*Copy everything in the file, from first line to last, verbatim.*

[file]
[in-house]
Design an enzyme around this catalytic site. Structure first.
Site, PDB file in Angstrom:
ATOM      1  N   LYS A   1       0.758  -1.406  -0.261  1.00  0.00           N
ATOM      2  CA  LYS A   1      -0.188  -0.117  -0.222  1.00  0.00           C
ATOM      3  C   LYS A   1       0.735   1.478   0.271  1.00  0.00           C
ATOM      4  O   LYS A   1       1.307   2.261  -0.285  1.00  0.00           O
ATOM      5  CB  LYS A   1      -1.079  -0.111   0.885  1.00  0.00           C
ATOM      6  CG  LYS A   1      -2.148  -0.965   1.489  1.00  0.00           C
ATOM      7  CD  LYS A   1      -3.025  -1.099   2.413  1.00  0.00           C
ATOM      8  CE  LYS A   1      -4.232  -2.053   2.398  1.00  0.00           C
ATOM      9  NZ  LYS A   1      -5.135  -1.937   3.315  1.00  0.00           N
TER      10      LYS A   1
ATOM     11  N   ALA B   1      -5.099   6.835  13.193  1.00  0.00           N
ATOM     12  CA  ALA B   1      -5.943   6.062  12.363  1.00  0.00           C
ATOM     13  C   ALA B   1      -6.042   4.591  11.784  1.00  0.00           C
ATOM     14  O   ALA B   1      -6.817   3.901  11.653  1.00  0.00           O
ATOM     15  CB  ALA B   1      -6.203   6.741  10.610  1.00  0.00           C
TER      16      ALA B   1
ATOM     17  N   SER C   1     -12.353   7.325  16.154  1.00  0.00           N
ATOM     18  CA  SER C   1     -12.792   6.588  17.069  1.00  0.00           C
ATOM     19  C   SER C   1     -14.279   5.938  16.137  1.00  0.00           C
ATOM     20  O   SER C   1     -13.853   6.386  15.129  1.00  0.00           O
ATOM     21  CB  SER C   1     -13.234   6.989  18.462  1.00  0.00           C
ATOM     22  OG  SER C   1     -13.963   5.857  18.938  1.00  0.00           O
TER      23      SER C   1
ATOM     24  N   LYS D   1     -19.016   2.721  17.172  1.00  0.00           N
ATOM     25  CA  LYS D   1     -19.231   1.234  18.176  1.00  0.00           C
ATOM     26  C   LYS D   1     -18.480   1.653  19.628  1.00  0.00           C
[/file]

[in-house]
Design an enzyme around this catalytic site. Structure first.
Site, PDB file in Angstrom:
ATOM      1  N   LYS A   1       0.758  -1.406  -0.261  1.00  0.00           N
ATOM      2  CA  LYS A   1      -0.188  -0.117  -0.222  1.00  0.00           C
ATOM      3  C   LYS A   1       0.735   1.478   0.271  1.00  0.00           C
ATOM      4  O   LYS A   1       1.307   2.261  -0.285  1.00  0.00           O
ATOM      5  CB  LYS A   1      -1.079  -0.111   0.885  1.00  0.00           C
ATOM      6  CG  LYS A   1      -2.148  -0.965   1.489  1.00  0.00           C
ATOM      7  CD  LYS A   1      -3.025  -1.099   2.413  1.00  0.00           C
ATOM      8  CE  LYS A   1      -4.232  -2.053   2.398  1.00  0.00           C
ATOM      9  NZ  LYS A   1      -5.135  -1.937   3.315  1.00  0.00           N
TER      10      LYS A   1
ATOM     11  N   ALA B   1      -5.099   6.835  13.193  1.00  0.00           N
ATOM     12  CA  ALA B   1      -5.943   6.062  12.363  1.00  0.00           C
ATOM     13  C   ALA B   1      -6.042   4.591  11.784  1.00  0.00           C
ATOM     14  O   ALA B   1      -6.817   3.901  11.653  1.00  0.00           O
ATOM     15  CB  ALA B   1      -6.203   6.741  10.610  1.00  0.00           C
TER      16      ALA B   1
ATOM     17  N   SER C   1     -12.353   7.325  16.154  1.00  0.00           N
ATOM     18  CA  SER C   1     -12.792   6.588  17.069  1.00  0.00           C
ATOM     19  C   SER C   1     -14.279   5.938  16.137  1.00  0.00           C
ATOM     20  O   SER C   1     -13.853   6.386  15.129  1.00  0.00           O
ATOM     21  CB  SER C   1     -13.234   6.989  18.462  1.00  0.00           C
ATOM     22  OG  SER C   1     -13.963   5.857  18.938  1.00  0.00           O
TER      23      SER C   1
ATOM     24  N   LYS D   1     -19.016   2.721  17.172  1.00  0.00           N
ATOM     25  CA  LYS D   1     -19.231   1.234  18.176  1.00  0.00           C
ATOM     26  C   LYS D   1     -18.480   1.653  19.628  1.00  0.00           C